Rules of Engagement is a film about belongingness as a human motivating force. Three stories, all set in the everyday, capture experiences of this phenomena; Jack, the outcast, is attending a family gathering, Robin is trying to integrate into a new social group and Nadia is failing to blend in amongst conservative work colleagues.
The film is based on recorded accounts of outsiderdom. Stripped of dialogue, the film is a mix between dramatic re-enactment and chamber play of encounter and emotion.
I am interested in how screen based narratives permeate our everyday and in turn how lived experiences are translated into narrative content. I look at where media saturation becomes evident in human interaction; fiction blurs with reality and how expectations, aspirations and fears are perpetuated through screen-based content. I am specifically concerned with narrative drama both cinematic and televisual.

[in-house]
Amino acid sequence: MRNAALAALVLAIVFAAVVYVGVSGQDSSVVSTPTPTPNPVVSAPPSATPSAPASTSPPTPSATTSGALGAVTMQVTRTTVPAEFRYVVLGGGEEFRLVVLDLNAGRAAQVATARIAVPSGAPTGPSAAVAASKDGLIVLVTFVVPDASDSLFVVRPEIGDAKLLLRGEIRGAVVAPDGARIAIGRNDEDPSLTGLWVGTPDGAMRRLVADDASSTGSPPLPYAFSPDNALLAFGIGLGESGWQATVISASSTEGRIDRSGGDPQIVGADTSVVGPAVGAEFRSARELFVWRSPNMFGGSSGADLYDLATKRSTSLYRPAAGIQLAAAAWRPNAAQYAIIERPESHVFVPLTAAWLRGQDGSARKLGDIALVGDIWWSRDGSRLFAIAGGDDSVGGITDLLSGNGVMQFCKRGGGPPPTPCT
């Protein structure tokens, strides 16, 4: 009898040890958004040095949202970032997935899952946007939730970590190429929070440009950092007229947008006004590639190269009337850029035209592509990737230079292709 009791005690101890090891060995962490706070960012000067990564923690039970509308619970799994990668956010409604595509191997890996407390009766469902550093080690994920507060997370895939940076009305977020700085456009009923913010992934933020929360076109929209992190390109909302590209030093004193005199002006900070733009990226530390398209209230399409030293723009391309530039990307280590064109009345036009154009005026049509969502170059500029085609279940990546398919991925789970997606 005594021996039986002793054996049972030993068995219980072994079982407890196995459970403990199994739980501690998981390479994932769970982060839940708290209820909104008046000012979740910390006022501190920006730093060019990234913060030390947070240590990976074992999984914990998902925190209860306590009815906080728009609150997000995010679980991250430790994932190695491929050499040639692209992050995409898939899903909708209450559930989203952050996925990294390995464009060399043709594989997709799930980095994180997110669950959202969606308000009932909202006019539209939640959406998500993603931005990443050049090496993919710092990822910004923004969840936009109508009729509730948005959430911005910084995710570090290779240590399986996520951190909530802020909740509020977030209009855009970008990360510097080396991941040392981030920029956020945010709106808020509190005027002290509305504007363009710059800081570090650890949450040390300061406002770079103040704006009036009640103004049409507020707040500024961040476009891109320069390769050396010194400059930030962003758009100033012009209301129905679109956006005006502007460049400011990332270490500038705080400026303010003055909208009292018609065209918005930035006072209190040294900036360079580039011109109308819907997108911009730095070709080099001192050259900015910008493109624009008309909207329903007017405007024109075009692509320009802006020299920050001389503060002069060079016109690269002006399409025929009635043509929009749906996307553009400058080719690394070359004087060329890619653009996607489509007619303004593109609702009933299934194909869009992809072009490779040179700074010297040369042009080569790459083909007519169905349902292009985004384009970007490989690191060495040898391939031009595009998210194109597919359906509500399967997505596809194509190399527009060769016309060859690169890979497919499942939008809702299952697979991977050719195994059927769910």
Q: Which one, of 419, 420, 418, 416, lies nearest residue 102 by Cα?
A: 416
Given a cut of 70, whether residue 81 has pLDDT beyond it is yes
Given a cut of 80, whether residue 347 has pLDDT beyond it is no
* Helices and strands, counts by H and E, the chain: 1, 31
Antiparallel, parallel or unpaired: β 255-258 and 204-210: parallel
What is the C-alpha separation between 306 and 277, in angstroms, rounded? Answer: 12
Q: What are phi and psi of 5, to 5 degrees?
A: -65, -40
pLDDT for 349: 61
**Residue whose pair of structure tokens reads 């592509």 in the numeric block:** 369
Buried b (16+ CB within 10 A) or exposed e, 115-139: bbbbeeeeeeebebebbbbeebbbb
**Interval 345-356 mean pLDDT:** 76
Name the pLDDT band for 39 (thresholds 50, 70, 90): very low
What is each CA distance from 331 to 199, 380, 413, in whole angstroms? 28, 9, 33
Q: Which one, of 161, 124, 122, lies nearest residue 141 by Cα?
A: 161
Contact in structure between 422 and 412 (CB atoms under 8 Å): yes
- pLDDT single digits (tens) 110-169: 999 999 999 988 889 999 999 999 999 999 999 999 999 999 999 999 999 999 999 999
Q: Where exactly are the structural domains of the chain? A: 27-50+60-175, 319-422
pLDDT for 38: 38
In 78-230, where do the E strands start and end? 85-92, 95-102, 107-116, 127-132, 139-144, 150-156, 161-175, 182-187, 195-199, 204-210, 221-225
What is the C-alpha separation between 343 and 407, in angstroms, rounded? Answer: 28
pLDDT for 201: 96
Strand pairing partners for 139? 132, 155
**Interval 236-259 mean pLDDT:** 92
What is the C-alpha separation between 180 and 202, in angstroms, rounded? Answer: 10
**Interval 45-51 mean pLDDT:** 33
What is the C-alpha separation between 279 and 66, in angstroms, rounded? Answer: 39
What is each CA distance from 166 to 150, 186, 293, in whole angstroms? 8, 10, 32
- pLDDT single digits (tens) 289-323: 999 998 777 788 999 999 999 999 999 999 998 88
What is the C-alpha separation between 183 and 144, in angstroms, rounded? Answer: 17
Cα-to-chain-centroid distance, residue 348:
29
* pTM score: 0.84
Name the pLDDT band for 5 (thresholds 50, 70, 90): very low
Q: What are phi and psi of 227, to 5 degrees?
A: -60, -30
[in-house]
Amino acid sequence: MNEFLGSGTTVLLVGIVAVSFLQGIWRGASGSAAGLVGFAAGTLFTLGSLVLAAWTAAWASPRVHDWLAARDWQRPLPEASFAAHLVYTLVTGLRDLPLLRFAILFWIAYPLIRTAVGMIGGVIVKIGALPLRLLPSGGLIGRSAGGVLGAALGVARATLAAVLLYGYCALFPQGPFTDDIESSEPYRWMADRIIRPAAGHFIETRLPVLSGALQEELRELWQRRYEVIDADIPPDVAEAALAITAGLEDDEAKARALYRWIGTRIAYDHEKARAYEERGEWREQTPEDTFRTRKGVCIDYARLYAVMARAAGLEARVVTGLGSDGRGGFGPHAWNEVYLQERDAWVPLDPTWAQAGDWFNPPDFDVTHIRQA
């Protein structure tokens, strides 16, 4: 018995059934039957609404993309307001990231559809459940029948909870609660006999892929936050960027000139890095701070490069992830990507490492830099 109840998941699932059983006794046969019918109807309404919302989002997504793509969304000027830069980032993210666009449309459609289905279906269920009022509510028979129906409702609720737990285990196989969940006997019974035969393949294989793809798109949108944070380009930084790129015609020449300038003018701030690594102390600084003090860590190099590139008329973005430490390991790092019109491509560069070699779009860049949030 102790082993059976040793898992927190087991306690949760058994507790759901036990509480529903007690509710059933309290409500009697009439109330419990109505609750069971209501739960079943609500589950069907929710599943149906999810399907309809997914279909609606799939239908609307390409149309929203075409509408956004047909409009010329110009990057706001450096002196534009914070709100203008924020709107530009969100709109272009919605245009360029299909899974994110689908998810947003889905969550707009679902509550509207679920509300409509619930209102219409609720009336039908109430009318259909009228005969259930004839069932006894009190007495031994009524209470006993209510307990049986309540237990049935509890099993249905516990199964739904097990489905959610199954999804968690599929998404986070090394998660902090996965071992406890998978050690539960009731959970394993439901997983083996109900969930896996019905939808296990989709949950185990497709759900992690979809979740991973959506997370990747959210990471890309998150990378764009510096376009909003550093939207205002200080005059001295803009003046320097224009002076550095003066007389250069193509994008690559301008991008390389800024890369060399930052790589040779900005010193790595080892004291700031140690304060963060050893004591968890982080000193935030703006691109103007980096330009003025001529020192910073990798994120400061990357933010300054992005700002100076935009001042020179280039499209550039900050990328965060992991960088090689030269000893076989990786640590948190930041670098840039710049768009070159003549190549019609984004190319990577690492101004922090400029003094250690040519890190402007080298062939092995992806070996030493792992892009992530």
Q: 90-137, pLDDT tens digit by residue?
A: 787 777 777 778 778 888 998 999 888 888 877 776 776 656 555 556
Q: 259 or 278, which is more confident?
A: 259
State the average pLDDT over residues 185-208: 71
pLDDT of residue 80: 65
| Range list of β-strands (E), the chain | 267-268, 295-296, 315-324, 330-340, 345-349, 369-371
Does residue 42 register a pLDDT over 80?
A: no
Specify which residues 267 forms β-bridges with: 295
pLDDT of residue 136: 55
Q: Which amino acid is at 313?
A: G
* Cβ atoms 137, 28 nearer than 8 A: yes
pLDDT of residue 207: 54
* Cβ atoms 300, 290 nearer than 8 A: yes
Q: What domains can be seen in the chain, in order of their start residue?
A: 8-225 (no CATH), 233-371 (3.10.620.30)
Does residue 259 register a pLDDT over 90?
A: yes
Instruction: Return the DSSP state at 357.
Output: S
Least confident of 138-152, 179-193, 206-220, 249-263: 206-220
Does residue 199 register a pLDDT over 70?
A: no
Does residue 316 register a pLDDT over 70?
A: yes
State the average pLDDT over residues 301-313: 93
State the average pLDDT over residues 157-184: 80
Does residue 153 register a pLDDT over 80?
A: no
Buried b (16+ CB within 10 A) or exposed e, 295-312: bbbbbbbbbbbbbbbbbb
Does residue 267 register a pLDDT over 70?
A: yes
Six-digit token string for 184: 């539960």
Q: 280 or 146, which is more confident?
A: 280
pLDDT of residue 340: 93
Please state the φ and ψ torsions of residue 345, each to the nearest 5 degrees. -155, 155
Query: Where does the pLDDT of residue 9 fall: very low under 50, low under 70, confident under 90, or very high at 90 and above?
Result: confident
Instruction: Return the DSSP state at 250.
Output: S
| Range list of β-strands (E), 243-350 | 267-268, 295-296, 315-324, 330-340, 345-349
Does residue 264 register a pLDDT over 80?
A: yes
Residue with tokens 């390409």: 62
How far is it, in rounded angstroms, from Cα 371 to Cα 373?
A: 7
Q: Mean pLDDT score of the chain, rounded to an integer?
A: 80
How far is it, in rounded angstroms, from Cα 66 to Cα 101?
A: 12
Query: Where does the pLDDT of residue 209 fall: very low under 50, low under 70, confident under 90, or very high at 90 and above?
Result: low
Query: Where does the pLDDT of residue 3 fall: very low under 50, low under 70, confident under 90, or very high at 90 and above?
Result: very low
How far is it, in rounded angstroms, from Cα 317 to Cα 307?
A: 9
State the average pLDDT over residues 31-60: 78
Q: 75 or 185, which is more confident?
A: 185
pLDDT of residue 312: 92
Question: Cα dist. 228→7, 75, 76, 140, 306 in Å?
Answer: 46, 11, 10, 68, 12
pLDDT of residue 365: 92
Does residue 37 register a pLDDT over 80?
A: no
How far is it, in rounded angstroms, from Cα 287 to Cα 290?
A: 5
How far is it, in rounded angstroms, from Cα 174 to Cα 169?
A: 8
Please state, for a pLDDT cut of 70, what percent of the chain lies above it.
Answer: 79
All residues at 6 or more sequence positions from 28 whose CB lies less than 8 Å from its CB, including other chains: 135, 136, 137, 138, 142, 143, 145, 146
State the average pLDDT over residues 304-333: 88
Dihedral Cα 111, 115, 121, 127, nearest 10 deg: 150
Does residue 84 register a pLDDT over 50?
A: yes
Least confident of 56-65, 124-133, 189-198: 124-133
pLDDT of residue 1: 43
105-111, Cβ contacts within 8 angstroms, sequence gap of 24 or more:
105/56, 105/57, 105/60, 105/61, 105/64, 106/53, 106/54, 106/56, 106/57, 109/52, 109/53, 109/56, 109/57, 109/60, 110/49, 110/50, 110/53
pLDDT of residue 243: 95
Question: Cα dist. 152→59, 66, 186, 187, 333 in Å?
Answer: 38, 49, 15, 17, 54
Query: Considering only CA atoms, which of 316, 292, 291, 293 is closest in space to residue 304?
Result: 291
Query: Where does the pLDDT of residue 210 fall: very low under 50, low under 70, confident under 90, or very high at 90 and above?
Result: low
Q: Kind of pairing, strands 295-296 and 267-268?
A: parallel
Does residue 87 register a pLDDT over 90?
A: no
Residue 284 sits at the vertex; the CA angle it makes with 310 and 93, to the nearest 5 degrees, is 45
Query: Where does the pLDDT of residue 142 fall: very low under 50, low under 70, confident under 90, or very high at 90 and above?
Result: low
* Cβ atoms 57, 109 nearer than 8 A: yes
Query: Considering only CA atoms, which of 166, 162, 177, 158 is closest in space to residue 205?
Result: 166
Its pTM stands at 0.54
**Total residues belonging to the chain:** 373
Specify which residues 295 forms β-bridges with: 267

The idea for Rules of Engagement came out of research into invisible social protocols and how they are played out in everyday situations. I am interested in the idea of ritualised communication wherein communication – the construction of a symbolic reality – represents, maintains, adapts, and shares the beliefs of a society, group or family constellation, particularly in terms of sharing, participation, association, and fellowship. I am interested in how everyday rituals and social protocols create borders by defining who belongs and who doesn’t, and what happens in the encounter outside of this comfort zone and how the expectations of mainstream narrative content can perpetuate these borders.